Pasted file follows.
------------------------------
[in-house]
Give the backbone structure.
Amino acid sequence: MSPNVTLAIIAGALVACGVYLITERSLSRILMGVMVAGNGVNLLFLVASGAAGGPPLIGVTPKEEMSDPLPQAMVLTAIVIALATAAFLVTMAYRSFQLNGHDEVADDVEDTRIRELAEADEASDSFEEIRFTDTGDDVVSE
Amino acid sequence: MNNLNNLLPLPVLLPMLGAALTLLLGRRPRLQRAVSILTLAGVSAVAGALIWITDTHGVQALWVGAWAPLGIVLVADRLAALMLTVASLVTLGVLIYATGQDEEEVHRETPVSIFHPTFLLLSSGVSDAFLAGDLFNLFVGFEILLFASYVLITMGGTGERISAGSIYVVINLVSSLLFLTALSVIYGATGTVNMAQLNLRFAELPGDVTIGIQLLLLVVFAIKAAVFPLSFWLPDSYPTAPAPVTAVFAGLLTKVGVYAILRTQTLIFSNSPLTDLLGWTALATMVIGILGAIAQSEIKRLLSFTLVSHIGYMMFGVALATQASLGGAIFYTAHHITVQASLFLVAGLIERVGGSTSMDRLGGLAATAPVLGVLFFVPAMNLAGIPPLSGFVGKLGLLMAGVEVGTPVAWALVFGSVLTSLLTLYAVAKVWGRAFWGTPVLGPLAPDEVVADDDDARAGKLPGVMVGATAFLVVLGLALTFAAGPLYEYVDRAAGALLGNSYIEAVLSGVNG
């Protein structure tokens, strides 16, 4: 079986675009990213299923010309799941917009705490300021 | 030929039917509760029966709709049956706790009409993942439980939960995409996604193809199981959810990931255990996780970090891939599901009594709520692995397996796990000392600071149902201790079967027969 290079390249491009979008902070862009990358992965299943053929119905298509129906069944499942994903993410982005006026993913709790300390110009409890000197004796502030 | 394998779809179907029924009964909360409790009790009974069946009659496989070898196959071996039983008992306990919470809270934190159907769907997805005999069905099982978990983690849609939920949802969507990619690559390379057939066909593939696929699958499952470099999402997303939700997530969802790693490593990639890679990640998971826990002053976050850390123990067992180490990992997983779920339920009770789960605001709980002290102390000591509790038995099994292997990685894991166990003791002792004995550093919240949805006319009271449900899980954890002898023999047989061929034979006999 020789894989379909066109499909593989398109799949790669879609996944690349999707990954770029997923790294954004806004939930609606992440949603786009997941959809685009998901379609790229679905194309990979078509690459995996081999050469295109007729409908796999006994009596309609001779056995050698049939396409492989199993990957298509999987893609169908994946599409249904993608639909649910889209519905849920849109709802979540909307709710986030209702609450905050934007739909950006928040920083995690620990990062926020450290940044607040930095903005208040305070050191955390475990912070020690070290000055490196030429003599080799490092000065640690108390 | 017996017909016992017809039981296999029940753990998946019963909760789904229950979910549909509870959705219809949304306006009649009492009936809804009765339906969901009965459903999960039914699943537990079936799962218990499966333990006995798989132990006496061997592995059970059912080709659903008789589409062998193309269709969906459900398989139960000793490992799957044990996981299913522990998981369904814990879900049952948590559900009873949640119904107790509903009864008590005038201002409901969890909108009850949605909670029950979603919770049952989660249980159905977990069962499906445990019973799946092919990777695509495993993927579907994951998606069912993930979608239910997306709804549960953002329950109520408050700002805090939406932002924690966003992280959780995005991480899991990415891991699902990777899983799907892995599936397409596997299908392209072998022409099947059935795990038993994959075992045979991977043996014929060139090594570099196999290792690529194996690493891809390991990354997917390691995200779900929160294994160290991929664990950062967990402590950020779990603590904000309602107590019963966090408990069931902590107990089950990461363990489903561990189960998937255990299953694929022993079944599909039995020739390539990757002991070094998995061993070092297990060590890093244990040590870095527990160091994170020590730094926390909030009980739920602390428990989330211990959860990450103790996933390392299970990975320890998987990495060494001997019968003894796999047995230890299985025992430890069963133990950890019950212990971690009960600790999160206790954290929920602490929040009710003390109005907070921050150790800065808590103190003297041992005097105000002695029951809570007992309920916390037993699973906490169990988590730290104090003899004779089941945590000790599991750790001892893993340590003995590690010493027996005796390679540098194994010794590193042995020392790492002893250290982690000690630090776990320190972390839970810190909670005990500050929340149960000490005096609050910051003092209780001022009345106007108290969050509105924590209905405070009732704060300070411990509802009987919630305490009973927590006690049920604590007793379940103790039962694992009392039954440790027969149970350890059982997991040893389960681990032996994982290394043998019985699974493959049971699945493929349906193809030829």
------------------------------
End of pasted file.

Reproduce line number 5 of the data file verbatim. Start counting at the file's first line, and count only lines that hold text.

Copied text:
């Protein structure tokens, strides 16, 4: 079986675009990213299923010309799941917009705490300021 | 030929039917509760029966709709049956706790009409993942439980939960995409996604193809199981959810990931255990996780970090891939599901009594709520692995397996796990000392600071149902201790079967027969 290079390249491009979008902070862009990358992965299943053929119905298509129906069944499942994903993410982005006026993913709790300390110009409890000197004796502030 | 394998779809179907029924009964909360409790009790009974069946009659496989070898196959071996039983008992306990919470809270934190159907769907997805005999069905099982978990983690849609939920949802969507990619690559390379057939066909593939696929699958499952470099999402997303939700997530969802790693490593990639890679990640998971826990002053976050850390123990067992180490990992997983779920339920009770789960605001709980002290102390000591509790038995099994292997990685894991166990003791002792004995550093919240949805006319009271449900899980954890002898023999047989061929034979006999 020789894989379909066109499909593989398109799949790669879609996944690349999707990954770029997923790294954004806004939930609606992440949603786009997941959809685009998901379609790229679905194309990979078509690459995996081999050469295109007729409908796999006994009596309609001779056995050698049939396409492989199993990957298509999987893609169908994946599409249904993608639909649910889209519905849920849109709802979540909307709710986030209702609450905050934007739909950006928040920083995690620990990062926020450290940044607040930095903005208040305070050191955390475990912070020690070290000055490196030429003599080799490092000065640690108390 | 017996017909016992017809039981296999029940753990998946019963909760789904229950979910549909509870959705219809949304306006009649009492009936809804009765339906969901009965459903999960039914699943537990079936799962218990499966333990006995798989132990006496061997592995059970059912080709659903008789589409062998193309269709969906459900398989139960000793490992799957044990996981299913522990998981369904814990879900049952948590559900009873949640119904107790509903009864008590005038201002409901969890909108009850949605909670029950979603919770049952989660249980159905977990069962499906445990019973799946092919990777695509495993993927579907994951998606069912993930979608239910997306709804549960953002329950109520408050700002805090939406932002924690966003992280959780995005991480899991990415891991699902990777899983799907892995599936397409596997299908392209072998022409099947059935795990038993994959075992045979991977043996014929060139090594570099196999290792690529194996690493891809390991990354997917390691995200779900929160294994160290991929664990950062967990402590950020779990603590904000309602107590019963966090408990069931902590107990089950990461363990489903561990189960998937255990299953694929022993079944599909039995020739390539990757002991070094998995061993070092297990060590890093244990040590870095527990160091994170020590730094926390909030009980739920602390428990989330211990959860990450103790996933390392299970990975320890998987990495060494001997019968003894796999047995230890299985025992430890069963133990950890019950212990971690009960600790999160206790954290929920602490929040009710003390109005907070921050150790800065808590103190003297041992005097105000002695029951809570007992309920916390037993699973906490169990988590730290104090003899004779089941945590000790599991750790001892893993340590003995590690010493027996005796390679540098194994010794590193042995020392790492002893250290982690000690630090776990320190972390839970810190909670005990500050929340149960000490005096609050910051003092209780001022009345106007108290969050509105924590209905405070009732704060300070411990509802009987919630305490009973927590006690049920604590007793379940103790039962694992009392039954440790027969149970350890059982997991040893389960681990032996994982290394043998019985699974493959049971699945493929349906193809030829």